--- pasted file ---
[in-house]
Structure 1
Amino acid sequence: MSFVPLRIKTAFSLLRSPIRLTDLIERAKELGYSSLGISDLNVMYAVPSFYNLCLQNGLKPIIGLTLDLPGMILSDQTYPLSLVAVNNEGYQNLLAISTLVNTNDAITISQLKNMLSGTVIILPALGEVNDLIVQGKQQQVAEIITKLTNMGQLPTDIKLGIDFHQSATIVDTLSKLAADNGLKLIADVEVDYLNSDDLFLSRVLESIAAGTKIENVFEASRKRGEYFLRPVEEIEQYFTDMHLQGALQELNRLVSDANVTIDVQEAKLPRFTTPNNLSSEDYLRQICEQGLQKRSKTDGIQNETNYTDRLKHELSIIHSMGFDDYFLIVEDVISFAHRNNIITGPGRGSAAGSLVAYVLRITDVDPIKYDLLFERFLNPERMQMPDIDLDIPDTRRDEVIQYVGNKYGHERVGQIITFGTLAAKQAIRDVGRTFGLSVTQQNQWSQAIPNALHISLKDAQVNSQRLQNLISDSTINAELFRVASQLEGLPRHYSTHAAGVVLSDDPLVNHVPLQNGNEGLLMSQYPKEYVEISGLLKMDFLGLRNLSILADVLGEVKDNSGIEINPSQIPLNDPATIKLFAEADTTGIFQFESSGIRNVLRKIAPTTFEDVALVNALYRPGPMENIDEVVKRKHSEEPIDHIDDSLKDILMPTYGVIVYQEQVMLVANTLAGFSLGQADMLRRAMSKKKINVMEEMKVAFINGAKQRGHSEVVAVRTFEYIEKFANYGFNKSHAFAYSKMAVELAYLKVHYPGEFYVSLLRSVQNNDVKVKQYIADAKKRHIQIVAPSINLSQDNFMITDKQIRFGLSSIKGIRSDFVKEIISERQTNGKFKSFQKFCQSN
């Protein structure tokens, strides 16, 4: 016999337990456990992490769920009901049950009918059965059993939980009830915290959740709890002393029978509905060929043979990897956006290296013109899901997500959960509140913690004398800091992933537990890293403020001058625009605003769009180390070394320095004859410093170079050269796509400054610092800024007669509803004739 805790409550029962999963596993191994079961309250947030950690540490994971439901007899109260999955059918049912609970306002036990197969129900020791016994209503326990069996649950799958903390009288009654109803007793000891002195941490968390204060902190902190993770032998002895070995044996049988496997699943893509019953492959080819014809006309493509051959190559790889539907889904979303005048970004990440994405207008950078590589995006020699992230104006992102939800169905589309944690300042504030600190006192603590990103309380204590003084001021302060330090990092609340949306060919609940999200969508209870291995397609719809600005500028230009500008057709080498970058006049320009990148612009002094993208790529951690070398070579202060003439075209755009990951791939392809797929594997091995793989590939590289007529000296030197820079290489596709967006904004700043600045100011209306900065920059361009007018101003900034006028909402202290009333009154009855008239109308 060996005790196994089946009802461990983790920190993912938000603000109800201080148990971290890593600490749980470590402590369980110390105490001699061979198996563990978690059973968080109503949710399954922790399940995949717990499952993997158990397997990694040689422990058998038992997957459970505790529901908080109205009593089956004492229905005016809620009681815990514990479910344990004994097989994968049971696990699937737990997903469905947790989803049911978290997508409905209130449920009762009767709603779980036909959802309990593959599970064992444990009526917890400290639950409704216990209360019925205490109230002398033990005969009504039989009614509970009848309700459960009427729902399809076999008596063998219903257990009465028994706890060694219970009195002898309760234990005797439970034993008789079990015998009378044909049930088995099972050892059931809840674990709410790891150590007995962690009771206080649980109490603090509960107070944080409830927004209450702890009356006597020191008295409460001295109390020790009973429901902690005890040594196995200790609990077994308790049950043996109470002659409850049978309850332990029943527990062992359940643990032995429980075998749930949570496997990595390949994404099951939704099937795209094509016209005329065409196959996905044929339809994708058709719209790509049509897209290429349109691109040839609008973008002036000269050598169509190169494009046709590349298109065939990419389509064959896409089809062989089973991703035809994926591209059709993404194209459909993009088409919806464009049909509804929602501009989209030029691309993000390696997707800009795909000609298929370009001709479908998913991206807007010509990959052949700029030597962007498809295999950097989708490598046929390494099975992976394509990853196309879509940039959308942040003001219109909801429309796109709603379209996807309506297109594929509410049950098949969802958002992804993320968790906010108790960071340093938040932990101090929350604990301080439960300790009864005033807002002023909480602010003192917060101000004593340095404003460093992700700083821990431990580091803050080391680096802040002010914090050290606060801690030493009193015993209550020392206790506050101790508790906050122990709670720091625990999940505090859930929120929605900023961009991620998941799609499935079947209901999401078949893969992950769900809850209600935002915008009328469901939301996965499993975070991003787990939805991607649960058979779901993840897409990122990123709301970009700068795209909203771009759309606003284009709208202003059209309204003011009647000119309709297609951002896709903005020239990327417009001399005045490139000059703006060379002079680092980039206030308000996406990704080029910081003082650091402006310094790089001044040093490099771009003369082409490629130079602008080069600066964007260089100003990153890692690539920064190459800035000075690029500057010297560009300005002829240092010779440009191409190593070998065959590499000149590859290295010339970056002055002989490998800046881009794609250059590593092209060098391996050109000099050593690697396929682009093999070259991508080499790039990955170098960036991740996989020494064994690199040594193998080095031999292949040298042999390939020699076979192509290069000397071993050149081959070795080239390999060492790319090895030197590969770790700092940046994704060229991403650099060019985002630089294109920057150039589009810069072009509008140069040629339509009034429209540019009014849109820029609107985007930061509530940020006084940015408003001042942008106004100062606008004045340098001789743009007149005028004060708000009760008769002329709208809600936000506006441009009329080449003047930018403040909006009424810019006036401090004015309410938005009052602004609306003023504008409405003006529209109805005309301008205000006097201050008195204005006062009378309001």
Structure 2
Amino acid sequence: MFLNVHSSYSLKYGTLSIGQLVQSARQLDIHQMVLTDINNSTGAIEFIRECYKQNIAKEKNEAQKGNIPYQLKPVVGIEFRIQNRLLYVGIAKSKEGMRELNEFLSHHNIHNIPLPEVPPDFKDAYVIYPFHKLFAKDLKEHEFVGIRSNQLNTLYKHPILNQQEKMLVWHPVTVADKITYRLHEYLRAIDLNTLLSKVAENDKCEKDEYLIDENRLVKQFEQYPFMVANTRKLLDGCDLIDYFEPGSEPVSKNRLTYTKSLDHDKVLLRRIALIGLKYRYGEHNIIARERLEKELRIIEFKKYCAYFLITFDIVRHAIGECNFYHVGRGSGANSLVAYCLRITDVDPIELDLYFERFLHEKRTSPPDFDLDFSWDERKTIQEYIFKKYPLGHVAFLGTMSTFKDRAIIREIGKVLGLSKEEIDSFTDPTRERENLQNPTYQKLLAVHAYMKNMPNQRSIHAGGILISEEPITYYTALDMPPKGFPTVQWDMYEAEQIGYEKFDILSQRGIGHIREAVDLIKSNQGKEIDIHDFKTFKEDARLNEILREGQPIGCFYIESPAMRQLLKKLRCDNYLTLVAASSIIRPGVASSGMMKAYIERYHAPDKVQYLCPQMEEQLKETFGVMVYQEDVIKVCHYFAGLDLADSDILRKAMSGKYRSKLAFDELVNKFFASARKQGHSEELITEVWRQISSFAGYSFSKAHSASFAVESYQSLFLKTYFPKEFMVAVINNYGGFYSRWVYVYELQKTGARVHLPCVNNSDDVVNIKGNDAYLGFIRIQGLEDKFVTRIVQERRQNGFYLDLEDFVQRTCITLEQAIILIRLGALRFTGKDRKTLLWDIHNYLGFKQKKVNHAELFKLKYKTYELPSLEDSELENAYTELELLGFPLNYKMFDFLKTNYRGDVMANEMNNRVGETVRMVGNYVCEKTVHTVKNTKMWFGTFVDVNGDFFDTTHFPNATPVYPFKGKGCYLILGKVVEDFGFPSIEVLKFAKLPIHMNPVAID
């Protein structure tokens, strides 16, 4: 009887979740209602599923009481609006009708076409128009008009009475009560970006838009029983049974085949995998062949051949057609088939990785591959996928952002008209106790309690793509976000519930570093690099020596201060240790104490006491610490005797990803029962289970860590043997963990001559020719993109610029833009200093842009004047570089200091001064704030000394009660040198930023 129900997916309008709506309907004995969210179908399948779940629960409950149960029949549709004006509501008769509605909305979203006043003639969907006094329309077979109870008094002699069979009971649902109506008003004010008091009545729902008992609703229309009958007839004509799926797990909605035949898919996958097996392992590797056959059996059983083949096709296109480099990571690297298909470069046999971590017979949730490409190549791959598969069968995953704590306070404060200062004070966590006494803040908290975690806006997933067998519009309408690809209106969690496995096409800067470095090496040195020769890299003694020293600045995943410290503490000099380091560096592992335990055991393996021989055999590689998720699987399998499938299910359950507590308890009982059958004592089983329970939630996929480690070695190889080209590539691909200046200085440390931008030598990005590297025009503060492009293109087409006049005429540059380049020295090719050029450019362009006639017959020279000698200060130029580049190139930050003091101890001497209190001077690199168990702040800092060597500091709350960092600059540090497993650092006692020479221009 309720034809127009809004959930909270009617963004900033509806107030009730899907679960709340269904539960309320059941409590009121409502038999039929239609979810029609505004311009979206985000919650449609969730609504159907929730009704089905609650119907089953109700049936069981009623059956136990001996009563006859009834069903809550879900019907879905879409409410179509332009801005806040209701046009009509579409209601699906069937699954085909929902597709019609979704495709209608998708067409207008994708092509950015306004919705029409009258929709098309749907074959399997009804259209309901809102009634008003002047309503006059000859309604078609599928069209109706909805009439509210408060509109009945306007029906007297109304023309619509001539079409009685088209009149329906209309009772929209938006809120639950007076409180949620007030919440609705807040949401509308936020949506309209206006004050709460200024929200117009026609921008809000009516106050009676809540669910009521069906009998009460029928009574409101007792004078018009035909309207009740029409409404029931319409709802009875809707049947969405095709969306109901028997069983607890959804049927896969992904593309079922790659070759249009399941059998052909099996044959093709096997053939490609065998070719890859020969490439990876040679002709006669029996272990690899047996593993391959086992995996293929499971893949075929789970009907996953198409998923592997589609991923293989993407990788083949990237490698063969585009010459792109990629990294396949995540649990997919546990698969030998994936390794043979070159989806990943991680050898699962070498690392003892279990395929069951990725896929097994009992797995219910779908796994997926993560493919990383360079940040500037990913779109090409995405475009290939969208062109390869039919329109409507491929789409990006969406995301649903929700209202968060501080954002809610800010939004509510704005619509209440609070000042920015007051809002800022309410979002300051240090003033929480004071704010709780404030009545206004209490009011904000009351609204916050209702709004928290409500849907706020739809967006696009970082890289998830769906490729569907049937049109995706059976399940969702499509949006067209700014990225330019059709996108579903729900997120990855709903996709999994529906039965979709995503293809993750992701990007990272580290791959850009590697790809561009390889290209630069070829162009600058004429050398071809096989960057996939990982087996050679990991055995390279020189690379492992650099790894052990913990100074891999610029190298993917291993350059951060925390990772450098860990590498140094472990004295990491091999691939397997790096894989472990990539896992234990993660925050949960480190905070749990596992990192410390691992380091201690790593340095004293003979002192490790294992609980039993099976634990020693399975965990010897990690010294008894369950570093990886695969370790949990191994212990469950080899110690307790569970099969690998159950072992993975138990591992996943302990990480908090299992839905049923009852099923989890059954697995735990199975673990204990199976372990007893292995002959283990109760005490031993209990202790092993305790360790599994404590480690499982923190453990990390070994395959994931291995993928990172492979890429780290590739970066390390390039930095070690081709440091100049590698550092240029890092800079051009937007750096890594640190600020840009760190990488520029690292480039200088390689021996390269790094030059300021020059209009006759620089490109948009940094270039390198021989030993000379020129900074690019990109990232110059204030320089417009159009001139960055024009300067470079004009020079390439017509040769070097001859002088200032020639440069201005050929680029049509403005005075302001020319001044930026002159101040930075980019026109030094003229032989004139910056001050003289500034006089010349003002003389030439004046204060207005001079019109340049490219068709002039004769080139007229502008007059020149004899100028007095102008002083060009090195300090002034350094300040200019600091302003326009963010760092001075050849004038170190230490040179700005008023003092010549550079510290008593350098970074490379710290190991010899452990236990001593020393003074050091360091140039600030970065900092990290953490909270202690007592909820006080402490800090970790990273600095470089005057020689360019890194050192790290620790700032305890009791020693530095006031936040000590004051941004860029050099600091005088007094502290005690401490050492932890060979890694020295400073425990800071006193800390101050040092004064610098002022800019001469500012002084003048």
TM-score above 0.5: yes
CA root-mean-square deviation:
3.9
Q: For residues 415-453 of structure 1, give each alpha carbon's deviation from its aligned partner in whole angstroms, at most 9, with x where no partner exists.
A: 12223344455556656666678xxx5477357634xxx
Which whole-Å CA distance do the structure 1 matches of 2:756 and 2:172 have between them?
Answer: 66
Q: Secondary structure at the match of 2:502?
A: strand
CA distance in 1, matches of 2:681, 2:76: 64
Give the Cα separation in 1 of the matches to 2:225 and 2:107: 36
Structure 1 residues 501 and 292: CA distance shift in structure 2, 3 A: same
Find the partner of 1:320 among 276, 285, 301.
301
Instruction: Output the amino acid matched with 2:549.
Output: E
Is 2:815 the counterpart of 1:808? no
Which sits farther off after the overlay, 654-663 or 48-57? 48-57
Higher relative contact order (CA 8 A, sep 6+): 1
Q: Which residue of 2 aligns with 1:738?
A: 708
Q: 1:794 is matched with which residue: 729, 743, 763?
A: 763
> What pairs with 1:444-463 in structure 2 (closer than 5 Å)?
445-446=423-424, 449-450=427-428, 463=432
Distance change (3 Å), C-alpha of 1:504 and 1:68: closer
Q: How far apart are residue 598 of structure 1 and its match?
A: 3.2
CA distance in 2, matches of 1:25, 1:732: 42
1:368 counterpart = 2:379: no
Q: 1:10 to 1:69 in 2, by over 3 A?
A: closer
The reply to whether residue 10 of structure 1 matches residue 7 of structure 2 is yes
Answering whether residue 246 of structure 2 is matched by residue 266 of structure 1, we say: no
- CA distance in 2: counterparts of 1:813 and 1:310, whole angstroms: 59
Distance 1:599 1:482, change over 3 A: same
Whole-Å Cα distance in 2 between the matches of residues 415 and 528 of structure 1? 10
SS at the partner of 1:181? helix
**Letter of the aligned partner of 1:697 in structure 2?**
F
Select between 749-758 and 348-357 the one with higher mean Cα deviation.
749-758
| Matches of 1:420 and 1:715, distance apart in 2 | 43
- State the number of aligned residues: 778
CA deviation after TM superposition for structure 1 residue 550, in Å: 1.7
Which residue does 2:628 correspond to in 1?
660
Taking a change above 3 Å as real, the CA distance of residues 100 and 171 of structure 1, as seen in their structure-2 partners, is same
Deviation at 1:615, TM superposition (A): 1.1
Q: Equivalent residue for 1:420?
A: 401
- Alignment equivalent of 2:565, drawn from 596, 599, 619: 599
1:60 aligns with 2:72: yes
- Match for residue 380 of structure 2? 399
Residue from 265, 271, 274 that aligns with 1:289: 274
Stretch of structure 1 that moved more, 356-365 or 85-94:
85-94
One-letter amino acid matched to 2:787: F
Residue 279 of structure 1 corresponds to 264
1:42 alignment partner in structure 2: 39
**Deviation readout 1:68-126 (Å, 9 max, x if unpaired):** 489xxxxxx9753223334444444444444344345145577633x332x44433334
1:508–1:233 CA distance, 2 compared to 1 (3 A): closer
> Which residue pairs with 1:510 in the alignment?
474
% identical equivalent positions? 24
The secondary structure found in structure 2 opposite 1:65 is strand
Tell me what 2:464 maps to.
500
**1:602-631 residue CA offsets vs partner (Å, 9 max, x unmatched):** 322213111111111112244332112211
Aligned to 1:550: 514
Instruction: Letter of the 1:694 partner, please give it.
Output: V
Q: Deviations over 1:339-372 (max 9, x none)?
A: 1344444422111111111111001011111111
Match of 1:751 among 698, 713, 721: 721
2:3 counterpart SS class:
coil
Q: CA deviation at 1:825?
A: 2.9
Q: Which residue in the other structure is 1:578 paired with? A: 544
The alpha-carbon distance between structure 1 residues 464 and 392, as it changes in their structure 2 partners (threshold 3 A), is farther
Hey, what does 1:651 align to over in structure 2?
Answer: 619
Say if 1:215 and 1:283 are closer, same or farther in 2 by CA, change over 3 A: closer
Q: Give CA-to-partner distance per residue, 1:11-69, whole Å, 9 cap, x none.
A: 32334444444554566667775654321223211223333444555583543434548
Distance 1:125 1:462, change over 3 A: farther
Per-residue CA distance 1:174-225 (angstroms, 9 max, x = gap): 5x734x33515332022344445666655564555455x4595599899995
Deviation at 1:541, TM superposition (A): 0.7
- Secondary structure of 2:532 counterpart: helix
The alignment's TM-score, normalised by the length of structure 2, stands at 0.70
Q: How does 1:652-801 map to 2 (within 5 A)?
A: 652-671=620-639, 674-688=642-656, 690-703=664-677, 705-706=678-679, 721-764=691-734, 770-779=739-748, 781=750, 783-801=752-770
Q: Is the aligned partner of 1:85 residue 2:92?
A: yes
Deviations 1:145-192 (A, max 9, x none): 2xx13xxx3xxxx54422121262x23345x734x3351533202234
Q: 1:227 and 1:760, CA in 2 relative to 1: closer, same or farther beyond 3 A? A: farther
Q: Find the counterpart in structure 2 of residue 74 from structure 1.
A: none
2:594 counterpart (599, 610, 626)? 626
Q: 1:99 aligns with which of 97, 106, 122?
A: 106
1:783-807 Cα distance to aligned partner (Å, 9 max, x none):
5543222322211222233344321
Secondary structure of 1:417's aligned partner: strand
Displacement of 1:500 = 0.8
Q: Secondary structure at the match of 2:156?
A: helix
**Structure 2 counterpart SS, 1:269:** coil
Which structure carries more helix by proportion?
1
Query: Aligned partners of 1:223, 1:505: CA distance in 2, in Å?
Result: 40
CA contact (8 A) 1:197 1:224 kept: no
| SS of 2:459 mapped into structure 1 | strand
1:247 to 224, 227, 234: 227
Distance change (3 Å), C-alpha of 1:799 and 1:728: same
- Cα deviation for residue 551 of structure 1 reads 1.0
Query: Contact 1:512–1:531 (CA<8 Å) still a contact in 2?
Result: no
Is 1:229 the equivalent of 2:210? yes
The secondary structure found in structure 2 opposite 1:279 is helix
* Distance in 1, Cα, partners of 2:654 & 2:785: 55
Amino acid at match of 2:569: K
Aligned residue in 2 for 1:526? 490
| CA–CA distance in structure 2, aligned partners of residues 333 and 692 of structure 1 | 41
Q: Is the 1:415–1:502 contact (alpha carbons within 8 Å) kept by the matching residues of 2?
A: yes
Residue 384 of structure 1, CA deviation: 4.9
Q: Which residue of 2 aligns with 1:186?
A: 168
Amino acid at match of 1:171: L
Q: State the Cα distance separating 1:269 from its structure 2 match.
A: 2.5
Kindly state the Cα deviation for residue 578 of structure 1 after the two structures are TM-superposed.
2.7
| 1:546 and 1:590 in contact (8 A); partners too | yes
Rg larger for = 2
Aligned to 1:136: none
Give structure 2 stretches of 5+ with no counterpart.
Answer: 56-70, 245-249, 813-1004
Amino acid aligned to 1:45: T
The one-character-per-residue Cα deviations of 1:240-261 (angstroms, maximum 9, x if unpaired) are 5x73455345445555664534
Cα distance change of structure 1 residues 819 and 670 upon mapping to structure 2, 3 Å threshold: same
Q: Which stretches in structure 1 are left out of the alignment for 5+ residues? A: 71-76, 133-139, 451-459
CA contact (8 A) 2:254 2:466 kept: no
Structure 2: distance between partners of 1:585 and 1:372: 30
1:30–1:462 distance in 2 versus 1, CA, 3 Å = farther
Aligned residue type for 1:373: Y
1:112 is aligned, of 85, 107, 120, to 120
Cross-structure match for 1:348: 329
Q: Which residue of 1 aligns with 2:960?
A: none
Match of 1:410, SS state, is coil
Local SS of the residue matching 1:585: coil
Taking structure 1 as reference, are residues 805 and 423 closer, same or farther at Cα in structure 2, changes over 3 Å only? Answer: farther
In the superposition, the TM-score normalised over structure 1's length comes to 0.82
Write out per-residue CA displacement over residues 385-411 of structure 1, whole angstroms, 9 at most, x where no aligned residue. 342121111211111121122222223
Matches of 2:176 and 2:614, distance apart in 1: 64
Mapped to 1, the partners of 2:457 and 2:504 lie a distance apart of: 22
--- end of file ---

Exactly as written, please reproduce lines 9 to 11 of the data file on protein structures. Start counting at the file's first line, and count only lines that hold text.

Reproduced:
CA root-mean-square deviation:
3.9
Q: For residues 415-453 of structure 1, give each alpha carbon's deviation from its aligned partner in whole angstroms, at most 9, with x where no partner exists.